Tracking mechanisms of crystallization in real time
Researchers at the Interfacial Dynamics in Radioactive Environments and Materials (IDREAM) Energy Frontier Research Center quantified transient penta-coordinated Al3+ species during the crystallization of gibbsite from hydrous aluminum gels in solutions of concentrated sodium hydroxide. The research shows that concentrated electrolytes in solution affect hydrogen bonding, ion interactions, and coordination geometries in currently unpredictable ways.
These mechanistic studies support the development of new process flow sheets to accelerate the processing of radioactive wastes at two Department of Energy sites. Further, the studies may provide less energy-intensive routes for industrial aluminum production.
Gibbsite (α-Al(OH)3) is an important mineral resource for industrial aluminum production. It is also present in large quantities in the high-level radioactive waste tanks at U.S. Department of Energy sites in Washington state and South Carolina. Traditional processing for either aluminum production or radioactive waste treatment is an energy-intensive activity. Processing involves heating to facilitate dissolution of gibbsite in highly alkaline solutions of concentrated electrolytes. Heating is followed by cooling to encourage precipitation from these chemically extreme systems.
For radioactive waste treatment, the dissolution and precipitation steps are often quite slow. Why? In part, both processes involve changes in the coordination geometry of the trivalent aluminum. In the solid phase, it is six coordinate to give an octahedral geometry. To move into the solution phase, the aluminum ion must change its geometry to a four-coordinate tetrahedral form.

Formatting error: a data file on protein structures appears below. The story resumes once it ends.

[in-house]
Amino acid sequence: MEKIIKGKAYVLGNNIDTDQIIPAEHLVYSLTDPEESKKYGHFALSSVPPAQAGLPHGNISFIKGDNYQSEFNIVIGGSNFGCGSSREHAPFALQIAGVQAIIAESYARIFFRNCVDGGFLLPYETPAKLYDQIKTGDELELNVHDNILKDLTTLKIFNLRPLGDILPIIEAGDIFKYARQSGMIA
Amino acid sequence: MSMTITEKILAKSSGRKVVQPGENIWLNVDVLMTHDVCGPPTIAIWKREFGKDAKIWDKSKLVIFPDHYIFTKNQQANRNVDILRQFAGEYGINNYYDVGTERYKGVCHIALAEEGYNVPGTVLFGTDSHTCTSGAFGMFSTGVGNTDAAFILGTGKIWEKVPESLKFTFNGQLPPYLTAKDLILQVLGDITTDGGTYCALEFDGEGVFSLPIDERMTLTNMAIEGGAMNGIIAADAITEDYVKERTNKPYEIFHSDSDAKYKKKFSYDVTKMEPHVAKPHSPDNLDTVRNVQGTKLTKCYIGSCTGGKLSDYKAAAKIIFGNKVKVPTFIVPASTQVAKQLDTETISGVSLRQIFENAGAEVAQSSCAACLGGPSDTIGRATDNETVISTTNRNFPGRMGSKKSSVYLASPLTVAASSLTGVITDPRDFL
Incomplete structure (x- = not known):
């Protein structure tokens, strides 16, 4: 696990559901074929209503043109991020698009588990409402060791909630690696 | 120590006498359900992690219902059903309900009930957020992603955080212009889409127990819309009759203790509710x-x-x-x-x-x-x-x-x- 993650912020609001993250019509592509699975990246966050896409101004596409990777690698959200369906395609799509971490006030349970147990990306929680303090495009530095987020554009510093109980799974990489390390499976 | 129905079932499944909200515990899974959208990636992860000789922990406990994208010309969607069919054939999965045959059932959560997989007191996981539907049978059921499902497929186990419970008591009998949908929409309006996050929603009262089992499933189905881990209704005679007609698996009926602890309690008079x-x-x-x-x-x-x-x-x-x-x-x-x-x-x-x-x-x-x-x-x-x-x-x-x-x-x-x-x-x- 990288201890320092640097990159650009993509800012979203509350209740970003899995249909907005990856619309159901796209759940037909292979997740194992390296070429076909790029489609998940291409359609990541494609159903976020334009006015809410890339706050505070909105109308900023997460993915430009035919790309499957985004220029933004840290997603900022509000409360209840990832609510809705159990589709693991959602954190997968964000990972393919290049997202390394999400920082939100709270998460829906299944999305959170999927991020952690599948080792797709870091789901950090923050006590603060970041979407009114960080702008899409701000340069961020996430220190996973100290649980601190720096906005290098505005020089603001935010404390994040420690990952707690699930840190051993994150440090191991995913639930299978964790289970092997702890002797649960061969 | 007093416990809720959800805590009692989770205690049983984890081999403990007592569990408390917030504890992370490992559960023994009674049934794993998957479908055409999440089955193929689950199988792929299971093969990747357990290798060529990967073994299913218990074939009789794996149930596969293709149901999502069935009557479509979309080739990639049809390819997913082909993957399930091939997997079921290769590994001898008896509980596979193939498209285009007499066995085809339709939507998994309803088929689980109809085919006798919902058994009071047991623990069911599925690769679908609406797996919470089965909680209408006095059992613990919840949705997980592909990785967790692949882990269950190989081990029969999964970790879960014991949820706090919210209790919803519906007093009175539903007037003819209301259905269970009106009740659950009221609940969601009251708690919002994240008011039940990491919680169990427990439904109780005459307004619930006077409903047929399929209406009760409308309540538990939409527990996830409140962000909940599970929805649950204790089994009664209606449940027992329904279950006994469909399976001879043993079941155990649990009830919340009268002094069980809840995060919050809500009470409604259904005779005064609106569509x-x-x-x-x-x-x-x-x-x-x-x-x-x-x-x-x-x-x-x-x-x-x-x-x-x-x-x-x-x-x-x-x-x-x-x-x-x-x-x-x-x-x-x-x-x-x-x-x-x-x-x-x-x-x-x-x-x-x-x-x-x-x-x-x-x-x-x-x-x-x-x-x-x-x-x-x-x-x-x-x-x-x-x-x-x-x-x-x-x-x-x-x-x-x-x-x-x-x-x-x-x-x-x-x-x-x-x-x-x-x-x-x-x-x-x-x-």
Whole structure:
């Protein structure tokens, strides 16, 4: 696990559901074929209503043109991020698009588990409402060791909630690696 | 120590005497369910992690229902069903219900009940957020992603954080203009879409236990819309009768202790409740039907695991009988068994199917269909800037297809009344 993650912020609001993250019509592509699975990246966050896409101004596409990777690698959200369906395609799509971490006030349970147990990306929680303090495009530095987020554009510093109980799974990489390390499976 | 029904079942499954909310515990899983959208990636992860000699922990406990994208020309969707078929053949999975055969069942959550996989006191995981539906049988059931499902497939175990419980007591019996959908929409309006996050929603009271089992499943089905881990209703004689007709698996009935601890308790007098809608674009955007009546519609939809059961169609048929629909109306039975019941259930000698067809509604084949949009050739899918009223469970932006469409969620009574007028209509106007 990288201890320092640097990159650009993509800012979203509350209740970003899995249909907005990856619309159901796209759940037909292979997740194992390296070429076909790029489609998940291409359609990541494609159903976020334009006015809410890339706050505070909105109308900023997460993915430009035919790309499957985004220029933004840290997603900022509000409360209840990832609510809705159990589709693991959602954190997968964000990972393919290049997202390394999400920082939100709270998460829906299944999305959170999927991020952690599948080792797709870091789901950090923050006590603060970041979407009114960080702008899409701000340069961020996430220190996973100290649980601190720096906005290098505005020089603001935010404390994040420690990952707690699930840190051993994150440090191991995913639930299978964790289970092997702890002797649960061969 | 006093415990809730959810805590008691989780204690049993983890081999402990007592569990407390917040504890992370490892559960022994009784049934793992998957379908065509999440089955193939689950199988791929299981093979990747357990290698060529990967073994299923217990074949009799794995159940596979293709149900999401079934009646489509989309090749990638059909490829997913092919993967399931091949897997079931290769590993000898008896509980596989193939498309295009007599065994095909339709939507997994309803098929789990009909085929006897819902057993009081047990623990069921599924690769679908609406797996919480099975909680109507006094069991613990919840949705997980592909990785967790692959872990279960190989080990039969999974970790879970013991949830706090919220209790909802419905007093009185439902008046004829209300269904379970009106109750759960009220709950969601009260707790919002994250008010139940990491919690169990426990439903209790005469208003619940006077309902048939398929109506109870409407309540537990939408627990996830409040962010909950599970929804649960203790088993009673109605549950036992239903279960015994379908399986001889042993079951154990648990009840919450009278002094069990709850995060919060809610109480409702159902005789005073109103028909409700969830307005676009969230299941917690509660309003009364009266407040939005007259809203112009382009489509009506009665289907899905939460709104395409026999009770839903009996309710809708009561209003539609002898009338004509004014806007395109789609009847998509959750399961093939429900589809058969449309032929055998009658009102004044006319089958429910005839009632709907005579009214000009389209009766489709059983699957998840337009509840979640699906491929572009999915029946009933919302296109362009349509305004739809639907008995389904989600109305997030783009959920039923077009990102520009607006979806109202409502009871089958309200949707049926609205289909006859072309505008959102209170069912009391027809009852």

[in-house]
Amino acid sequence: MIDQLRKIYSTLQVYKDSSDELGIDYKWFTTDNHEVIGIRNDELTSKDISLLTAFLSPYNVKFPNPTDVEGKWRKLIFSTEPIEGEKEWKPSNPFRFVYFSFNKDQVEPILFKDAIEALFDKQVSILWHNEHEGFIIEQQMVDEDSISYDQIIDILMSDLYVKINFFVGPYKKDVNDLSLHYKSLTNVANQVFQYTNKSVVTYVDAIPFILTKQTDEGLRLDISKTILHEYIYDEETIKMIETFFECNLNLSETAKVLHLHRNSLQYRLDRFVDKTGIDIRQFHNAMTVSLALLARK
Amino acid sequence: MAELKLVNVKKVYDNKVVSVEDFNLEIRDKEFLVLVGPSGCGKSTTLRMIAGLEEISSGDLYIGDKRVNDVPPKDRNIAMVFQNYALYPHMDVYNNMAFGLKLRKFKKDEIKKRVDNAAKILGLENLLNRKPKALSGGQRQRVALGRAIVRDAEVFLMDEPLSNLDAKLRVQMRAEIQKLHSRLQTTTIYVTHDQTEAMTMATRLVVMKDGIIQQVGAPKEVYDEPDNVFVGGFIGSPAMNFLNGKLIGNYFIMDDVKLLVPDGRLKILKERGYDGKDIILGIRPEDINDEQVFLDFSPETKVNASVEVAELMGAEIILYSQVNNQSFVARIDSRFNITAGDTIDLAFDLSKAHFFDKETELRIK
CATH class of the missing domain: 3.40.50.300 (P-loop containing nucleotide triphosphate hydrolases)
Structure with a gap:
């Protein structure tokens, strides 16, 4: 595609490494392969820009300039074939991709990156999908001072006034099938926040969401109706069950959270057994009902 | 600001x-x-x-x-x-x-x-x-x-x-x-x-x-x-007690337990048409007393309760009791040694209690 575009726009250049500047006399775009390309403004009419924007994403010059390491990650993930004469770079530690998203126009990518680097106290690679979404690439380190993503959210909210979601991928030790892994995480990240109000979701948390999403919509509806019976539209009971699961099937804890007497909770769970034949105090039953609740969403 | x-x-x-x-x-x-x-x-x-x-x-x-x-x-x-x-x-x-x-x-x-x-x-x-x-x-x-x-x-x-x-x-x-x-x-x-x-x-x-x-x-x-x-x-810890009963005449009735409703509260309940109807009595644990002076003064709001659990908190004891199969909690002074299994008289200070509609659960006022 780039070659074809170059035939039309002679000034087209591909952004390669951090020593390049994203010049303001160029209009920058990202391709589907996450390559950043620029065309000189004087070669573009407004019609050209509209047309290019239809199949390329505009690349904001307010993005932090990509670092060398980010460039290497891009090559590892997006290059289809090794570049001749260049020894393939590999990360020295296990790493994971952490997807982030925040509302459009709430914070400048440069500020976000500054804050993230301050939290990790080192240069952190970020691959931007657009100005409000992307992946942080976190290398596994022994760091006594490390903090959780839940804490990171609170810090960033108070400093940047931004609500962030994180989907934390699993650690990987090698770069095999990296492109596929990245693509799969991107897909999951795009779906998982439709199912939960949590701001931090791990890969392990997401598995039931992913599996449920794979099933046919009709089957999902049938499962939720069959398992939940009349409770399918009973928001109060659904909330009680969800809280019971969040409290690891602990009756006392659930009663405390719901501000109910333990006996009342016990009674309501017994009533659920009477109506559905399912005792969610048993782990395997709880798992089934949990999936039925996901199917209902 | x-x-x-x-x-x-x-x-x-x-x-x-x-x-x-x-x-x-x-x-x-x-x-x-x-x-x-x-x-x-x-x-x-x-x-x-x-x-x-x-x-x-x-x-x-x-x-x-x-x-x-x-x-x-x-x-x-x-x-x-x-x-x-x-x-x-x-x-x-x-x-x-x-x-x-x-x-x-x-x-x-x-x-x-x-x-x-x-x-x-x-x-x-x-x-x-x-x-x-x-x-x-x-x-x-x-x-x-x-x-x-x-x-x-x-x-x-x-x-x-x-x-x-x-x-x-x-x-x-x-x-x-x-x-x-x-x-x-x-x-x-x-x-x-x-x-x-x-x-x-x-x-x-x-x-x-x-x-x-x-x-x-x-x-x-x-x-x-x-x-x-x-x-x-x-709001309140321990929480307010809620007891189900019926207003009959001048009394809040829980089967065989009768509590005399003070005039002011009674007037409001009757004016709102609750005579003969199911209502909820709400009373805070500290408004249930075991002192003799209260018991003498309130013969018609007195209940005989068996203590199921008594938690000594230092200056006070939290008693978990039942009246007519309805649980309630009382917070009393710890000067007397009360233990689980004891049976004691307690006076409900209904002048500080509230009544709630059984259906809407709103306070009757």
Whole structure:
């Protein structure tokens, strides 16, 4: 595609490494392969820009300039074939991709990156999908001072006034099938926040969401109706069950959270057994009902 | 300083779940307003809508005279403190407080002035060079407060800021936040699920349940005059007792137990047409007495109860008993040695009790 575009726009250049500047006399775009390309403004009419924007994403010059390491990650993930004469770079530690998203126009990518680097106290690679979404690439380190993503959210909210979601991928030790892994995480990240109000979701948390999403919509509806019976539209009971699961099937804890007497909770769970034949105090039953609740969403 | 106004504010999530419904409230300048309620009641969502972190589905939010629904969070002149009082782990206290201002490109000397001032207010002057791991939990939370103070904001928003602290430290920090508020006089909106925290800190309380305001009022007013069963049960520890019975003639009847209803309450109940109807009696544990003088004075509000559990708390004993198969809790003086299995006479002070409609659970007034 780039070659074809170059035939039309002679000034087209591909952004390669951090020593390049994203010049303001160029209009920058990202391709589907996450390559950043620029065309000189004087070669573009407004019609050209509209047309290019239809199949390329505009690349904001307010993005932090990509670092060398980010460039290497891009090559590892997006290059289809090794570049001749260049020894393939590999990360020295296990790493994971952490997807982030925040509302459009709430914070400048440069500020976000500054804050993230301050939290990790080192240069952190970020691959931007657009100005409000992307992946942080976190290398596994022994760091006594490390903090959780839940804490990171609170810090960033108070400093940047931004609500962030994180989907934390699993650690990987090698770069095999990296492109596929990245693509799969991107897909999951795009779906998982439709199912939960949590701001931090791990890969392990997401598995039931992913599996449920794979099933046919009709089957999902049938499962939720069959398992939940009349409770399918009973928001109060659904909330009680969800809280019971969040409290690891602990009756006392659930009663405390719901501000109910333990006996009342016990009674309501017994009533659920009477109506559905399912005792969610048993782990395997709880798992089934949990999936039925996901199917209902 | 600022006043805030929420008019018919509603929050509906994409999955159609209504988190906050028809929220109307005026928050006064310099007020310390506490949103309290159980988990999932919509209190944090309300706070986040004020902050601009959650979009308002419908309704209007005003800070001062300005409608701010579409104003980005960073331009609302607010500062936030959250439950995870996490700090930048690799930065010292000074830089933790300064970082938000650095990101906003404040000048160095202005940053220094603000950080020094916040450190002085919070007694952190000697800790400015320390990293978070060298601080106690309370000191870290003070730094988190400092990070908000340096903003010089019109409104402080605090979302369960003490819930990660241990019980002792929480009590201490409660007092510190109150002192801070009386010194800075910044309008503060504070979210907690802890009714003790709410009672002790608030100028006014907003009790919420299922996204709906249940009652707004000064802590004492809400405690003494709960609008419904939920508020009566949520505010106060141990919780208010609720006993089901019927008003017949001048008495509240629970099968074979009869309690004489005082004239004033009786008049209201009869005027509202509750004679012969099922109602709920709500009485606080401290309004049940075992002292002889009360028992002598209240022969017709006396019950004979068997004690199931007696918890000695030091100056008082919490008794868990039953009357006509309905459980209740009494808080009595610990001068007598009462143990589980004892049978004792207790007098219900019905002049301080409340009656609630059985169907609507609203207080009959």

Led by Jian Zhi Hu and Kevin Rosso, the team conducted high-field magic angle spinning nuclear magnetic resonance spectroscopy studies that probed ion interactions, solute organization, and solvent properties during gibbsite precipitation. The team captured real-time system dynamics as a function of experimental conditions, revealing previously unknown mechanistic details.
The team's work shows that the change in coordination is not a simple transition between the tetrahedral to octahedral species. The change involves an intermediate penta-coordinated aluminum metal center. Further, these species are influenced by subtle changes in solute and solvent organization. These changes lead to gel networks that can sometimes facilitate formation or dissolution of the solid phase. Understanding how aluminum coordination changes in extreme environments may lead to efficiencies in aluminum production and accelerate radioactive waste processing.